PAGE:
Colorado Voters Legalize Marijuana, but State Legislature Bans Over-the-Counter Sale of Marijuana Magazines
Residents of Colorado decided last fall to legalize recreational marijuana, but state lawmakers are trying to restrict public information about the drug.
With the adoption of a statewide initiative favoring legalized marijuana, the Colorado legislature passed legislation to establish a regulatory framework for retail sales of pot. Tucked away within House Bill 13-1317 was a provision that prohibits marijuana-centric magazines from being sold, except from under the counter.
Publishers of three such publications have sued the state, claiming the new law treats their magazines the same as pornography.
“By imposing these content-based restraints on the speech by prohibiting plaintiffs’ from freely distributing and publicizing their message, defendants are depriving plaintiffs of their rights to free speech and the public’s right to hear a speaker, which are guaranteed by the First Amendment to the United States Constitution and were protected under law until this statute went into effect,” the complaint states.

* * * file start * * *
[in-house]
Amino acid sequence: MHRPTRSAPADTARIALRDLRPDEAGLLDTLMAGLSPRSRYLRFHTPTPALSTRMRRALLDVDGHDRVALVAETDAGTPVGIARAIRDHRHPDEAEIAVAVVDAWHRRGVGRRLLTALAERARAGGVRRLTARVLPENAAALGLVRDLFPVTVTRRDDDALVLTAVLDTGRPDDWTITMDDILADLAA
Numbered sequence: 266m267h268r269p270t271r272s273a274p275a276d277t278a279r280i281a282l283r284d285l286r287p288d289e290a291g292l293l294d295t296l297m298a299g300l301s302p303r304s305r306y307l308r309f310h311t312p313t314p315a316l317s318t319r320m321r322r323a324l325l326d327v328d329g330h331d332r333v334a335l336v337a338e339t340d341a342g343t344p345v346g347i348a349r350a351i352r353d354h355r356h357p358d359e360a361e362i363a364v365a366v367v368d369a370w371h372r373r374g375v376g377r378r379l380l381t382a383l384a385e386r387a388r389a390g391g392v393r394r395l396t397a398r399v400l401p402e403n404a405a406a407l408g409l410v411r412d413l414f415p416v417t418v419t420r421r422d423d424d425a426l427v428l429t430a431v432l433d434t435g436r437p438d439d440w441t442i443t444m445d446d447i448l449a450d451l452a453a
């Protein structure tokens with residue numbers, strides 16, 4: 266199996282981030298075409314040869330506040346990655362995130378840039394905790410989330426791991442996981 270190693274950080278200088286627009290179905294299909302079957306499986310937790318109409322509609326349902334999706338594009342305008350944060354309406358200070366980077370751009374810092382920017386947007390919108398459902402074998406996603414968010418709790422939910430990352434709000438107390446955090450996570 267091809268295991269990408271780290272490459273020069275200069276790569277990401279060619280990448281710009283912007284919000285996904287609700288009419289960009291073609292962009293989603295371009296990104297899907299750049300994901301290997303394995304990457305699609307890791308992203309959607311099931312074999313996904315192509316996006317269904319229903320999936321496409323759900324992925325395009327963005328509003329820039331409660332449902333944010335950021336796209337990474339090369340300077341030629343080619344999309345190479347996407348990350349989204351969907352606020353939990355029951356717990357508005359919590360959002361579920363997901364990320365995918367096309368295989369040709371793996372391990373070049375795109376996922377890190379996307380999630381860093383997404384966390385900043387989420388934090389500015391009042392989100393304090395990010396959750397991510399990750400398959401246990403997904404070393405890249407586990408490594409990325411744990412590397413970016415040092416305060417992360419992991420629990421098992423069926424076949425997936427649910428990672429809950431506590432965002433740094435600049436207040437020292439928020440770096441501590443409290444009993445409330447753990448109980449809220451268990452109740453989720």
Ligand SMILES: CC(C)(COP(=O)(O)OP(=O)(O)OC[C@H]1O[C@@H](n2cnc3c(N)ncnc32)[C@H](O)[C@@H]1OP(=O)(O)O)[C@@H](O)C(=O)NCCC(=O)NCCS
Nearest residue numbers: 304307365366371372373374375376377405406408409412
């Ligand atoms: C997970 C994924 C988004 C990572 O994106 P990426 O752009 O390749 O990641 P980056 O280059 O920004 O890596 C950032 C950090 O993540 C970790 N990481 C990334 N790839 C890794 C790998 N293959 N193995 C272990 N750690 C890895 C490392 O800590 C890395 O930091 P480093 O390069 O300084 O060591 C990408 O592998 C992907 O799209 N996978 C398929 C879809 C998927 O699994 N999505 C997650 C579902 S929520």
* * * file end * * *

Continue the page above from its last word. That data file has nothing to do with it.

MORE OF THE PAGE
The plaintiffs from High Times Magazine, The Daily Doobie and The Hemp Connoisseur insist they “do not sell or promote obscenity,” and demand the court throw out HB 13-1317. They pointed out that alcohol is banned for Americans younger than 21, but that alcohol-related magazines are allowed to be sold openly.
To Learn More:
Colorado Legislature Must Have Been Smoking Something (by Sam Reynolds, Courthouse News Service)
Magazine Fights Colorado Limit On Pot Publication (by Kristen Wyatt, Associated Press)
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